Reader Shannon Wilson sent me this amazing story about her Mom. Please welcome Shannon to the blog and savor this beautiful story.

For the past 15 years, my mother has talked to me about the day that she would die. My mom holds loosely to this life, primarily because she holds tightly to the promise of her Savior,  knowing life is a vapor and she has the treasure of eternity with Christ just up ahead. She started countless sentences with this phrase:  “Shannon, when I’m gone… ”  The first several times, I was horrified. Who wants to think about their vibrant and healthy mom dying? But she did it anyway, throwing the idea around with the ease of a pizza order.

Over time I got used to this odd “coaching” that only my mother seemed to do.  She would receive an eyeroll from me in response to her casual banter about the day I wouldn’t have her beside me. I told her time and time again that just because she prepped me about this wouldn’t make the day easier for me when it actually arrived.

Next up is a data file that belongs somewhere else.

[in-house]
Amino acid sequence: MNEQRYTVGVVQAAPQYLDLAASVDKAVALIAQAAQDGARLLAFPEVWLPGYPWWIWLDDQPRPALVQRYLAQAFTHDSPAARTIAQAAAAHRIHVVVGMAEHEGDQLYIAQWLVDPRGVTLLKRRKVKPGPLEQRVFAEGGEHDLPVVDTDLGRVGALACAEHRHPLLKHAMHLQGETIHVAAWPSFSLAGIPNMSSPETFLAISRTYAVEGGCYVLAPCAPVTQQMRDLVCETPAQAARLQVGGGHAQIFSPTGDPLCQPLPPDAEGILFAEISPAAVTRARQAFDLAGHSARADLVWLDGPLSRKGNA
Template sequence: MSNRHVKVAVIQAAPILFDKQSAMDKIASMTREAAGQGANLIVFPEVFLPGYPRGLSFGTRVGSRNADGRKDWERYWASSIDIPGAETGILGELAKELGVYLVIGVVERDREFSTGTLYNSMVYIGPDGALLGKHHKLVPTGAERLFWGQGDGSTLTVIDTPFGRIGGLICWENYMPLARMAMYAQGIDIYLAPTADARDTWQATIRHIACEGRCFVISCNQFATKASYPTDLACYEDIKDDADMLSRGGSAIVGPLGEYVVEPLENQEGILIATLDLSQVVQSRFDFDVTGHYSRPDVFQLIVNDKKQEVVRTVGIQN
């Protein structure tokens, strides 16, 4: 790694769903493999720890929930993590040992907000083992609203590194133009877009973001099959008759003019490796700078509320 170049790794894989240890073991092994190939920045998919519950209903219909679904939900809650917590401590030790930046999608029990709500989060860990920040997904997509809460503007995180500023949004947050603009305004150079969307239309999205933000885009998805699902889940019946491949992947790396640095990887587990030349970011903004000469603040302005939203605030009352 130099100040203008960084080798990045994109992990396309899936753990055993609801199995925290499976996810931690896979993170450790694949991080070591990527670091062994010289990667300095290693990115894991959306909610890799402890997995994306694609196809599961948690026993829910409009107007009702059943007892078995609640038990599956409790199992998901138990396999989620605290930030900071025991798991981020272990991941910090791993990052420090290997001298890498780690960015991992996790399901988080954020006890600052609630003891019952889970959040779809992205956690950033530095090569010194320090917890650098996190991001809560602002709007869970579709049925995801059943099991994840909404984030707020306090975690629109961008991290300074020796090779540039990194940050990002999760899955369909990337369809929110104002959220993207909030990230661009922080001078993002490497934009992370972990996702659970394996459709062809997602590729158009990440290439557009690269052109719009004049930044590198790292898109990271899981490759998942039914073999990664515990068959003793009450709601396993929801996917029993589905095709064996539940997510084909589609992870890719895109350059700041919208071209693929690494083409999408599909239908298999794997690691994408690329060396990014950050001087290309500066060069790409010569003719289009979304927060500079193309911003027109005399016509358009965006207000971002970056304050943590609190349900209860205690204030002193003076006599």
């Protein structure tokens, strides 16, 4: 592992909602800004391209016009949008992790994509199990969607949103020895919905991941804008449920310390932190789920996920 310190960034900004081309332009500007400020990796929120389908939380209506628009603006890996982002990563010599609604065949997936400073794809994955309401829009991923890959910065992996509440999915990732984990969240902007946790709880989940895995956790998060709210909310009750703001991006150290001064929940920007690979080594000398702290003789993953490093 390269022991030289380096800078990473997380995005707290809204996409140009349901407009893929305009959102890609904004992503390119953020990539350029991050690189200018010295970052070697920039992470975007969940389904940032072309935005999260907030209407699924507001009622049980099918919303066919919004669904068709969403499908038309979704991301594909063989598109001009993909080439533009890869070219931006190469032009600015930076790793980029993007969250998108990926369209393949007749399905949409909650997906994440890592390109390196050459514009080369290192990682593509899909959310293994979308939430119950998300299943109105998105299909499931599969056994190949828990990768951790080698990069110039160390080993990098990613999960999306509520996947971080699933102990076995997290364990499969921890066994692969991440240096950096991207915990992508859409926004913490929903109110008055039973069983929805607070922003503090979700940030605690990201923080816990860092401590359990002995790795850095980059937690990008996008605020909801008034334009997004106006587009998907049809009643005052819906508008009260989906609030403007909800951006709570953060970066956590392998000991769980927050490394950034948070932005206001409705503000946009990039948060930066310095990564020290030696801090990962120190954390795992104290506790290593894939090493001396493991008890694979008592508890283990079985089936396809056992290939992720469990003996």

Alongside this “prep,” there are truths of God that she has hammered into me over the years.  She said this to me, “It is the time in between the valleys, when you are on the mountaintop, that you press hard into Christ.  When you are not in the valley, when you are on a peak, don’t forget to know him well in these days, because a valley will come.”    This was not a gloomy, pessimistic view; my mother is the opposite of those things.  She is a dispenser of wisdom and I had grown up enough (finally) to heed her words. After a season in the valley, I came to a mountaintop.  I pressed in to Christ and remembered her words, “Press in on the mountain, a valley will come.”

  On January 14, 2014, my mother didn’t show up for an appointment. The police even used the phrase “missing.”   Finally, we got the call that brought her location into the open.   She had a severe stroke that induced a brain seizure. Her brain was bleeding and seizing while she was driving on major highway.  She got up to 90 miles per hour and slammed into a guard rail.  She had just been taken to the trauma center. Come quickly.   In an instant we went from one crisis – My mother is missing – to the next.